Noise Pollution -

Noise Pollution

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Noise pollution is the effect in the air created by unwanted, excessive sound. It can have a bad effect on wildlife, human health and the quality of our environment. Many industries generate noise pollution. It is also created by loudspeakers put up for music or talk shows in an event. Severe noise pollution is also created by railway, airplane traffic, highway and such other infrastructure.

How To Measure And Perceive Loudness Of Noise?

A close up of a speaker

Sound waves are nothing but vibrations created in the air that  are carried from air molecules from the source of noise to the ear. Sound is described in terms of amplitude and pitch. Loudness of noise can also be measured in logarithmic units that are known as decibels. A normal human ear can detect sounds ranging from 0 decibel to 140 decibel. Sounds between 120 DB to 140 DB cause pain. The SPL in a library is 35 DB, while that in a train in 85 db. 

Impact of Noise Pollution

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Noise pollution has an adverse effect on many people on a daily basis. The most common effect of noise pollution is Noise Induced Hearing Loss. Whenever a person is exposed to loud noise, it can cause high blood pressure, sleep disturbances, stress and heart disease. These problems are not subjective to any particular age group. Children who live next to high noise generating areas like airports, railways, etc have shown bigger signs of stress.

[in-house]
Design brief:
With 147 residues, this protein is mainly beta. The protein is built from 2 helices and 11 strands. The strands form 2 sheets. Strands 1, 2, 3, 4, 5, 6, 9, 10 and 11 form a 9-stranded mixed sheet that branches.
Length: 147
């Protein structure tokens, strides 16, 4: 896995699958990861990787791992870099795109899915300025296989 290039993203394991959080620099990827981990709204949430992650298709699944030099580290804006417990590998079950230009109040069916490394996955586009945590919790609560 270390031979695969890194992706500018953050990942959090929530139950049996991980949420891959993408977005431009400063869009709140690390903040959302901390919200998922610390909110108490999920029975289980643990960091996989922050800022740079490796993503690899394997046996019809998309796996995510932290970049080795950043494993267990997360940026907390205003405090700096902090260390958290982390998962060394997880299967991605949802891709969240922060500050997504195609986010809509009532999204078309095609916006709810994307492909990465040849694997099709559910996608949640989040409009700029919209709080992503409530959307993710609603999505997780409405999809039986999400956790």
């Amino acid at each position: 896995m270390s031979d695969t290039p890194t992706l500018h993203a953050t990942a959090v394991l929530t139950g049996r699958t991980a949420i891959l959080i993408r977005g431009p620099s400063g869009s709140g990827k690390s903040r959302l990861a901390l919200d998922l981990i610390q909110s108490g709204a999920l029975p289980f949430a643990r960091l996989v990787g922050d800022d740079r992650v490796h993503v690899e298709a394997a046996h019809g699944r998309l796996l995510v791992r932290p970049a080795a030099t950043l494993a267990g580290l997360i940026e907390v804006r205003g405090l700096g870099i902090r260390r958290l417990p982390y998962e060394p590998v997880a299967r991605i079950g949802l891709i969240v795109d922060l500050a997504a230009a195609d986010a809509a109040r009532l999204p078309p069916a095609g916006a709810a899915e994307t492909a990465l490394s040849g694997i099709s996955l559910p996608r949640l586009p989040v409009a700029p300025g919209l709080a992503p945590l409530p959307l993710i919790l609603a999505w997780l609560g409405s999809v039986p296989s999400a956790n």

Noise pollution also impacts wildlife. Caterpillars’ hearts beat faster on hearing loud noise and bluebirds have fewer chicks when exposed to constant loud noise. Animals use sound to navigate, hunt for their prey, attract mates and to avoid predators. When they hear loud noise from man-made sources, they find it tough to accomplish their works and this in turn affects their survival.

Excessive noise also affects those on the ocean. Sonar devices, oil drills, ships and seismic tests done on the ocean disturb marine life and make it chaotic. Whales and dolphins are negatively impacted by loud noise. The marine mammals use echolocation to communicate, find mates and to feed. But excess noise disturbs their ability to echolocate.

Naval sonar devices create the largest noise underwater. This is a process that works by sending pulses of sound down into the depths of the ocean. It bounces off and returns like an echo on the ship, indicating a location for object. This sound can be as high as 235 decibels and it travels hundreds of miles under water, interfering with marine animal’s ability to use echolocation. 

These are some of the major problems caused by noise pollution. The government should take steps to control noise pollution on land as well as in the ocean. We need to conserve and protect our wildlife, nature, humans and even marine life. While humans can be educated about the dangers of loud noise, it is tough to do so when it comes to animals.

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